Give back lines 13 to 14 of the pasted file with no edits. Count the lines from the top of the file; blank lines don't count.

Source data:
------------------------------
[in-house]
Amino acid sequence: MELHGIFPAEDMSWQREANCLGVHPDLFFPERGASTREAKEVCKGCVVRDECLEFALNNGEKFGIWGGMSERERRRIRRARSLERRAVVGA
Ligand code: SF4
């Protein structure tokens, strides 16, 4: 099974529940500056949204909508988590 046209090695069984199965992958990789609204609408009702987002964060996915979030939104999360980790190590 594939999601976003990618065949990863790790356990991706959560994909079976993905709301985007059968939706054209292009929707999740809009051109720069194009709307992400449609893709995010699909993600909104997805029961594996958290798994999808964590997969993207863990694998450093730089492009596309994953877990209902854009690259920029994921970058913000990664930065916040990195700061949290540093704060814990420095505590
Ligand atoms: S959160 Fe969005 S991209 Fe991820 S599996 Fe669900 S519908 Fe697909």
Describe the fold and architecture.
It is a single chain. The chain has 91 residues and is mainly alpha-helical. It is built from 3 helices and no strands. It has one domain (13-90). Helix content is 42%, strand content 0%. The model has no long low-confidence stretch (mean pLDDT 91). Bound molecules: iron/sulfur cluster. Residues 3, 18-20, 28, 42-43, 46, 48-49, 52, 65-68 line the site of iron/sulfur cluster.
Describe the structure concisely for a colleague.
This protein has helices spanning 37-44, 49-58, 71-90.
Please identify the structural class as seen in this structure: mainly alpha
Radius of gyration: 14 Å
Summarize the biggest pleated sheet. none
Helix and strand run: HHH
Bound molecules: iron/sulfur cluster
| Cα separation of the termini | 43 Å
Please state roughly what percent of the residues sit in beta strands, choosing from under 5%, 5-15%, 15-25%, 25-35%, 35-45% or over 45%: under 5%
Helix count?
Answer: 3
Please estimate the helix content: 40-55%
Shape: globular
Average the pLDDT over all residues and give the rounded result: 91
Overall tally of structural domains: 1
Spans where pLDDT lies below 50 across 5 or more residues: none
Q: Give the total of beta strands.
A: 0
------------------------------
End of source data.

Helix and strand run: HHH
Bound molecules: iron/sulfur cluster